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Israeli police used 'ruthless excessive force' against Palestinian protesters - new research

‘Discriminatory crackdown’ allowed Jewish supremacists to freely organise their own violent demonstrations

‘Tonight we are not Jews, we are Nazis’ - Jewish supremacists circulated extremist social media messages to organise attacks on Palestinians

‘This discriminatory crackdown was orchestrated as an act of retaliation and intimidation to crush pro-Palestinian demonstrations’ - Saleh Higazi

Israeli police committed a catalogue of violations against Palestinians in Israel and occupied East Jerusalem - including using unlawful force against peaceful protesters, sweeping mass arrests, and subjecting detainees to torture and other ill-treatment - during and after recent armed hostilities in Israel and Gaza, Amnesty International said today.

Amnesty researchers spoke to numerous witnesses and Amnesty’s Crisis Evidence Lab verified 45 videos and other forms of digital media to document more than 20 cases of Israeli police violations between 9 May and 12 June. Hundreds of Palestinians were injured in the crackdown and a 17-year-old boy was shot dead. 

Amnesty’s findings show that Israeli police actions were repressive and discriminatory, with police failing to protect Palestinian citizens of Israel from premeditated attacks by groups of armed Jewish supremacists, even when plans were publicised in advance and police knew or should have known of them. 

Police used unnecessary and excessive force to disperse Palestinian protests against forced evictions in East Jerusalem as well as against the Gaza offensive, while Jewish supremacists were allowed to organise demonstrations freely. 

According to the Palestinian human rights group Mossawa, by 10 June Israeli police had arrested more than 2,150 people - more than 90% Palestinian citizens of Israel or residents of East Jerusalem. Most Palestinians were detained for offences such as “insulting or assaulting a police officer” or “taking part in an illegal gathering” rather than for violent attacks on people or property, according to the Follow-Up Committee for Arab Citizens of Israel.

Saleh Higazi, Amnesty International’s Middle East Deputy Director, said:

“The evidence gathered by Amnesty International paints a damning picture of discrimination and ruthless excessive force by Israeli police against Palestinians in Israel and in occupied East Jerusalem.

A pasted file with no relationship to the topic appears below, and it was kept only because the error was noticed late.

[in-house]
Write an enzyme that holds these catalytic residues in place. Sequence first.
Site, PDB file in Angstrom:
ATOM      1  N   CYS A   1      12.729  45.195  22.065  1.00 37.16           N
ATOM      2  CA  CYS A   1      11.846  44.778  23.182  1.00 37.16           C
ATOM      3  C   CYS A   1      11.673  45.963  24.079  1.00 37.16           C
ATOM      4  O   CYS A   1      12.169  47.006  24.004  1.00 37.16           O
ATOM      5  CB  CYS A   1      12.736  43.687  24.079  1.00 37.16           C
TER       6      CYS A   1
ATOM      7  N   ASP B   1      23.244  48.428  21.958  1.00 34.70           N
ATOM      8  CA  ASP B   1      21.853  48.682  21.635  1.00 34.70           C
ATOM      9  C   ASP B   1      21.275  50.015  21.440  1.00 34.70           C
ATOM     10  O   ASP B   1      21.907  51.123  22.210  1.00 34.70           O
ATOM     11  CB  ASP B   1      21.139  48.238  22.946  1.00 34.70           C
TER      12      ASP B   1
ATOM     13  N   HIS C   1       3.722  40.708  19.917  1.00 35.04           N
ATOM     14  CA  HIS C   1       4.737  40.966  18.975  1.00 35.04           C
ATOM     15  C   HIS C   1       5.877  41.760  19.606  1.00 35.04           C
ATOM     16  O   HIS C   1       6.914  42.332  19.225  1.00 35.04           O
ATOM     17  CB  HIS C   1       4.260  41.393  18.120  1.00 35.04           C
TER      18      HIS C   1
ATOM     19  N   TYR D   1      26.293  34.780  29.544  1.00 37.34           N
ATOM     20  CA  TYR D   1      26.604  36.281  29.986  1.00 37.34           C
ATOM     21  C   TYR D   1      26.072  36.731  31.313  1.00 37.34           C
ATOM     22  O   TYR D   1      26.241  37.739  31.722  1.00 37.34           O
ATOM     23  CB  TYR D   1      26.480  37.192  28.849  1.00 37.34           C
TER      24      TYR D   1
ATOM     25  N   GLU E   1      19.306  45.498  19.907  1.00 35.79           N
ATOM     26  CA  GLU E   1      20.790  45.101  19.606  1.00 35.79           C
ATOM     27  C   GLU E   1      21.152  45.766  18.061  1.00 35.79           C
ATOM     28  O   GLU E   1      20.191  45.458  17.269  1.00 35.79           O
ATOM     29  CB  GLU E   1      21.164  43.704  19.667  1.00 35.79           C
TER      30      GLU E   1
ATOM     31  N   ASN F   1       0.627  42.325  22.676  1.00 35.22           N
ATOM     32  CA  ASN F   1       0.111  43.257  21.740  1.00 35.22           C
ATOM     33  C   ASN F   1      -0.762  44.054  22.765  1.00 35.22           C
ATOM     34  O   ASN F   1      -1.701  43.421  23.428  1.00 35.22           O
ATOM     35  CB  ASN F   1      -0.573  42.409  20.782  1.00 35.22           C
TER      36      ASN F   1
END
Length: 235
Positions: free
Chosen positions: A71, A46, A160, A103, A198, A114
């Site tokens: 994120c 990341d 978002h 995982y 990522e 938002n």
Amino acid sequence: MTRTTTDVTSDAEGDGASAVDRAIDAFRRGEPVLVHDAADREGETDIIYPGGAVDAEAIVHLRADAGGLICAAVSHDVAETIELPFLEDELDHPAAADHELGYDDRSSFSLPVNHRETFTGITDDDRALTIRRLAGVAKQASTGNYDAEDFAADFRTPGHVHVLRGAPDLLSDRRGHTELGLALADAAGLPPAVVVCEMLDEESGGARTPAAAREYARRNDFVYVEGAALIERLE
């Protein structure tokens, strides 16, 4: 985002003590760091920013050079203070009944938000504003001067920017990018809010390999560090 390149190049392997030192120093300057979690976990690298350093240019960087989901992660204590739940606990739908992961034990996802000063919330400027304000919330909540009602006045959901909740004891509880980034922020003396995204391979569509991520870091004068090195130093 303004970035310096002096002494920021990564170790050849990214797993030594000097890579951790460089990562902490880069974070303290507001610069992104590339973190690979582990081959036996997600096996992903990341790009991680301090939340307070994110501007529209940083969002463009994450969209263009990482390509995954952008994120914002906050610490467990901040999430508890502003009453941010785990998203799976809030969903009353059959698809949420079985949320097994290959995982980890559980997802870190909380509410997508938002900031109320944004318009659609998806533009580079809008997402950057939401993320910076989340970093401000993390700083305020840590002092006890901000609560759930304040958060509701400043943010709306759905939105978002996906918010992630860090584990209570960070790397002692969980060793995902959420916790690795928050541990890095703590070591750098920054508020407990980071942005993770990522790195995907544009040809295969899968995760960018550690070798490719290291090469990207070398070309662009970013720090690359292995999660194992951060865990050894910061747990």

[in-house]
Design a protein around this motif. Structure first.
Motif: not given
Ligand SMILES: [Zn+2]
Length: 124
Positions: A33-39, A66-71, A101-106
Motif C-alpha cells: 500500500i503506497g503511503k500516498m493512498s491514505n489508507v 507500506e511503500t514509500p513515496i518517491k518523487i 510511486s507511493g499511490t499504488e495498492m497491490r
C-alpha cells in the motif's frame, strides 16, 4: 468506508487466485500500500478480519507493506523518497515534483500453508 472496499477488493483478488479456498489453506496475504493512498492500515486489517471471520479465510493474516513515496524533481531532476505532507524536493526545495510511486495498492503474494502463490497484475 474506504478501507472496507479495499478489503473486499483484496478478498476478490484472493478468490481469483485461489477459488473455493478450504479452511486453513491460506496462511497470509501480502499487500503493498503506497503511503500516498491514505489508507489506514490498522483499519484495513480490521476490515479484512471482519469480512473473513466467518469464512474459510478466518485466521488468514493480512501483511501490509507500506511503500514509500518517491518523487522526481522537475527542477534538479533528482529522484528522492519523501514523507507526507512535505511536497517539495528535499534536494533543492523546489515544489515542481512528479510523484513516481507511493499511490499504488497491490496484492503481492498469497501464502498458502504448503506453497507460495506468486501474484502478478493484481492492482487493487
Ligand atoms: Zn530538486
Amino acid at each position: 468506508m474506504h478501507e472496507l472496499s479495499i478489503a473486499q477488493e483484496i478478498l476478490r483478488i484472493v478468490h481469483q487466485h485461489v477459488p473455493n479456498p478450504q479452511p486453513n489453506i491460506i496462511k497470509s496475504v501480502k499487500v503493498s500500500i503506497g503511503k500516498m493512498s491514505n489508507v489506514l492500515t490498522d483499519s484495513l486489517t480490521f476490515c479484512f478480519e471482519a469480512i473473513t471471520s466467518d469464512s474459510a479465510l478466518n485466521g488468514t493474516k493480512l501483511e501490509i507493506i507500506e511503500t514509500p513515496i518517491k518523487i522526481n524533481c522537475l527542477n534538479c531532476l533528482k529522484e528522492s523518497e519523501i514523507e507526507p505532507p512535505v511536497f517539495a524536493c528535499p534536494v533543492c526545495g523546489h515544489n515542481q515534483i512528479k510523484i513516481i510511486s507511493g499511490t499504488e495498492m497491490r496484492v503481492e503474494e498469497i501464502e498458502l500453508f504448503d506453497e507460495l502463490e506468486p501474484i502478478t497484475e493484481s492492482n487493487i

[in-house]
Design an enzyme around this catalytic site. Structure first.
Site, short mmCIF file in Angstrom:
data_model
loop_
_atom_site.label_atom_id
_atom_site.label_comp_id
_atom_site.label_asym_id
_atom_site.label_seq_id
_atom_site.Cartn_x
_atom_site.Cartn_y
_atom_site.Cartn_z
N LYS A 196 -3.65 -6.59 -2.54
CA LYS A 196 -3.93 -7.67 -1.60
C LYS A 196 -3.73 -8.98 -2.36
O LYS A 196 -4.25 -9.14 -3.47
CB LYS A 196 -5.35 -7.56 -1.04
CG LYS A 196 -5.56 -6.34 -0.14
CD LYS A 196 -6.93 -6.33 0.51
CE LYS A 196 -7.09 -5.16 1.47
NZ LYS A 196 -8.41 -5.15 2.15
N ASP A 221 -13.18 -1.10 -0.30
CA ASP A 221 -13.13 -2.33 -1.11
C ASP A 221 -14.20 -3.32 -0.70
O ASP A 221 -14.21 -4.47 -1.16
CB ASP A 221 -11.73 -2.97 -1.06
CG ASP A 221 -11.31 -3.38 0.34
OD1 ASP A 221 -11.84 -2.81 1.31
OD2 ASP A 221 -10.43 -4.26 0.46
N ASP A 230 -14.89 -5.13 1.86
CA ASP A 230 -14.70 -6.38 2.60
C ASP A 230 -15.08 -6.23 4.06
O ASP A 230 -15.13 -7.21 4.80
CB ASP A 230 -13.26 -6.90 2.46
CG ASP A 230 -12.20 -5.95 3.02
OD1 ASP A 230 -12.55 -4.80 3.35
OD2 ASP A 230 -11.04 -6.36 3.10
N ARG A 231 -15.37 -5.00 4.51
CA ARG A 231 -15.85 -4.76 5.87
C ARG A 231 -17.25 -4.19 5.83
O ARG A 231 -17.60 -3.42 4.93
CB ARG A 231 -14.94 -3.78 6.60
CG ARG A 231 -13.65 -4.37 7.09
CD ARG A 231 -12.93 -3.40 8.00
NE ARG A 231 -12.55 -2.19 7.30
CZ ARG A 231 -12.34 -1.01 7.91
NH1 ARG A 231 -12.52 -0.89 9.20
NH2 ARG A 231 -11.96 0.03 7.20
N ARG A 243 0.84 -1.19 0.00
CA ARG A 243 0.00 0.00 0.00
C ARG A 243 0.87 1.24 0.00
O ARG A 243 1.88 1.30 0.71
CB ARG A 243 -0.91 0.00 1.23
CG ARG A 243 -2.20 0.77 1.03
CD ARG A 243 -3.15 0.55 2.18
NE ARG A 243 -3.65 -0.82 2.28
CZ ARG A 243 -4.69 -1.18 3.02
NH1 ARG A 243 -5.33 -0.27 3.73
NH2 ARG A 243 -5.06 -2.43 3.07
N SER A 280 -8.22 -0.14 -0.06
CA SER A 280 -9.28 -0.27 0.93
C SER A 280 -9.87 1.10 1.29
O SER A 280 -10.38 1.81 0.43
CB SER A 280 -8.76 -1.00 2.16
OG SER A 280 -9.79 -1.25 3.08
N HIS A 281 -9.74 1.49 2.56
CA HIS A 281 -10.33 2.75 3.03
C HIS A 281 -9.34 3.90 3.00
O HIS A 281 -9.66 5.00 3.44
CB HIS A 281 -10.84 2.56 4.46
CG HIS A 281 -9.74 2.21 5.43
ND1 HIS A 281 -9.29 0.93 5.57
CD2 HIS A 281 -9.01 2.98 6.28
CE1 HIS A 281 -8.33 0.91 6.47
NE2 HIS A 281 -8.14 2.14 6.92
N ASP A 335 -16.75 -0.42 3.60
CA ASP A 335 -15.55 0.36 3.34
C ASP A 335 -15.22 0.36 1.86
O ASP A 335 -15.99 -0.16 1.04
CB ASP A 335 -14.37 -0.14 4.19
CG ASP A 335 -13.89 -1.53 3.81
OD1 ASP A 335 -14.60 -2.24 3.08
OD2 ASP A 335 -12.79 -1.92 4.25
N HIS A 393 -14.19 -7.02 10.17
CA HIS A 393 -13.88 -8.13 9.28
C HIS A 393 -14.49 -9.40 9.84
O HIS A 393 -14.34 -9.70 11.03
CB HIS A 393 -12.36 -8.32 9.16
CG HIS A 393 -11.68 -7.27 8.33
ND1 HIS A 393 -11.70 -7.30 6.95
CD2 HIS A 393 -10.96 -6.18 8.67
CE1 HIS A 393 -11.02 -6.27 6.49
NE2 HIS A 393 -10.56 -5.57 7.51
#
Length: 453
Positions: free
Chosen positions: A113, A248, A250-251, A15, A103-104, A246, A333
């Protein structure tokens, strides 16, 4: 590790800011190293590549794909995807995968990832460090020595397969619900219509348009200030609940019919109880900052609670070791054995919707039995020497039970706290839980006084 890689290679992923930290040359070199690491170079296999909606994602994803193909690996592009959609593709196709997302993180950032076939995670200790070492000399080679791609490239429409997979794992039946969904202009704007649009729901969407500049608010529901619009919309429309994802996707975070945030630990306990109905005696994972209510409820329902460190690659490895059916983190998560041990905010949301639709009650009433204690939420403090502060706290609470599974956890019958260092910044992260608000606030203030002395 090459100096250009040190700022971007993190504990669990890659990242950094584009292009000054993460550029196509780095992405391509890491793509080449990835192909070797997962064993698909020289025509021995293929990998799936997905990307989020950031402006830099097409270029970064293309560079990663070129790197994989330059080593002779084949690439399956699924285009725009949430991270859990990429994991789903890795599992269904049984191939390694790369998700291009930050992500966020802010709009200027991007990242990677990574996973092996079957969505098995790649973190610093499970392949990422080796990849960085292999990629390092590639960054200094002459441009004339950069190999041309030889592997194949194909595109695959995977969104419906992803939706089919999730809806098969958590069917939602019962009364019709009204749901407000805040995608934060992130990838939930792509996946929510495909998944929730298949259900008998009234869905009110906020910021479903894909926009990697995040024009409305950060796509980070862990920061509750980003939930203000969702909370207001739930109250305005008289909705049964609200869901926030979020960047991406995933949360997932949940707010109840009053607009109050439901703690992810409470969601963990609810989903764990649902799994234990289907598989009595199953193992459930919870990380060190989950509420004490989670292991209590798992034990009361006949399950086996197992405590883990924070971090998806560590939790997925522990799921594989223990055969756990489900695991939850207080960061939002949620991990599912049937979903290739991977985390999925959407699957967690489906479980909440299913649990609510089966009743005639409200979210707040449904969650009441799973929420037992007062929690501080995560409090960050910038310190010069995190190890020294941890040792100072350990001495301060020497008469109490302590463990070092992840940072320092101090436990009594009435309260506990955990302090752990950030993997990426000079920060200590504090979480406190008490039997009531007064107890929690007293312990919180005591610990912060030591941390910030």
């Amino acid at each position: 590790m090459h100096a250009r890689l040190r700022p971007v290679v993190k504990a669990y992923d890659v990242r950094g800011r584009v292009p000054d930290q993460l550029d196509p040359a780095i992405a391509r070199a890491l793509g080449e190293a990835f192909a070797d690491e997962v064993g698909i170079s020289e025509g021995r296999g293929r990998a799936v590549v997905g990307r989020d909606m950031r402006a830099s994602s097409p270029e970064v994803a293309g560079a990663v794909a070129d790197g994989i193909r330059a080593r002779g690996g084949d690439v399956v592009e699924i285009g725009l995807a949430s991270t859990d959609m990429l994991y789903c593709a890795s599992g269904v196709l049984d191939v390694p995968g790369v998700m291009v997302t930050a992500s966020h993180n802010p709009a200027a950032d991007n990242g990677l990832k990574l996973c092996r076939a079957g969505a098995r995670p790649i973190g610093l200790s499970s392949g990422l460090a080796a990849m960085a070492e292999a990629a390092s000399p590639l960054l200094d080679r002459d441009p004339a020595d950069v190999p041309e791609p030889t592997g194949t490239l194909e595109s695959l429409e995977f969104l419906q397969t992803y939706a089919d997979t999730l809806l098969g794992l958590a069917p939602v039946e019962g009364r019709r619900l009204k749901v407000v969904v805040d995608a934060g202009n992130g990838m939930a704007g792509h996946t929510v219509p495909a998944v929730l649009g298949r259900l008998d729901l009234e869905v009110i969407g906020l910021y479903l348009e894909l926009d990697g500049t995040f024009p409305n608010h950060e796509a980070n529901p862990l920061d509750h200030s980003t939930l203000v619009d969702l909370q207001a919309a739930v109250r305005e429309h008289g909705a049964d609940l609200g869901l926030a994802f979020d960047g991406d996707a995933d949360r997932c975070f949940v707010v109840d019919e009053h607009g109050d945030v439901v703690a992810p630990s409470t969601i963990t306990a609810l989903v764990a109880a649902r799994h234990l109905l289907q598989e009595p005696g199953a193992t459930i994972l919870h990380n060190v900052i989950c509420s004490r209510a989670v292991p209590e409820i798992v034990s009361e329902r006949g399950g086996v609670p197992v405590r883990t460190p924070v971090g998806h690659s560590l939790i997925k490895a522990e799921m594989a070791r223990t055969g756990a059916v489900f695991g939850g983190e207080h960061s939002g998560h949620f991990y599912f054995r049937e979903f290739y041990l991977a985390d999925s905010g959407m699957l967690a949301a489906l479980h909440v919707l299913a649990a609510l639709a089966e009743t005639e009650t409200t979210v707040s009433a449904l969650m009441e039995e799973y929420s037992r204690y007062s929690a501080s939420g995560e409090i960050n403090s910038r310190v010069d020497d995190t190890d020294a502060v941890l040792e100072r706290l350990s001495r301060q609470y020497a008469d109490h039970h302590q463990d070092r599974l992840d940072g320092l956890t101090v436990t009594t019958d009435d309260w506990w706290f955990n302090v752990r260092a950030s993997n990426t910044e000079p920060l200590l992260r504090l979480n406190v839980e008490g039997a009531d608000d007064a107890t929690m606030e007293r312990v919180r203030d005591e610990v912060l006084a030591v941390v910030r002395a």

“The few Jewish citizens of Israel arrested were dealt with more leniently. Jewish supremacists also continue to organise demonstrations while Palestinians face repression.

“Police have an obligation to protect all people under Israel’s control, whether they are Jewish or Palestinian. Instead, the vast majority arrested in the police crackdown following the outbreak of intercommunal violence were Palestinian.

“This discriminatory crackdown was orchestrated as an act of retaliation and intimidation to crush pro-Palestinian demonstrations and silence those who speak out to condemn Israel’s institutionalised discrimination and systemic oppression of Palestinians.” 

Amnesty is calling on the UN Human Rights Council’s recently-announced Commission of Inquiry to investigate the alarming pattern of violations by Israeli police.

Excessive force

On 12 May, 17-year-old Muhammad Mahmoud Kiwan was shot in the head near Umm el-Fahem, northern Israel, and died a week later. Eyewitnesses say he was sitting in a car near a protest when Israeli police shot him. Police dispute this, and say they are investigating.   

On the same day, police officers violently dispersed a peaceful protest of around 40 people in St Mary’s Well Square in Nazareth, physically assaulting protesters.

Israeli police also used unlawful force in occupied East Jerusalem. On 18 May, police shot 15-year-old Jana Kiswani in the back as she entered her home in Sheikh Jarrah. A protest had taken place nearby a few hours earlier. Her father, Muhammad, told Amnesty that her vertebrae were shattered and that doctors do not know if she will walk again. Verified video footage shows Kiswani falling to the ground as she is shot from behind.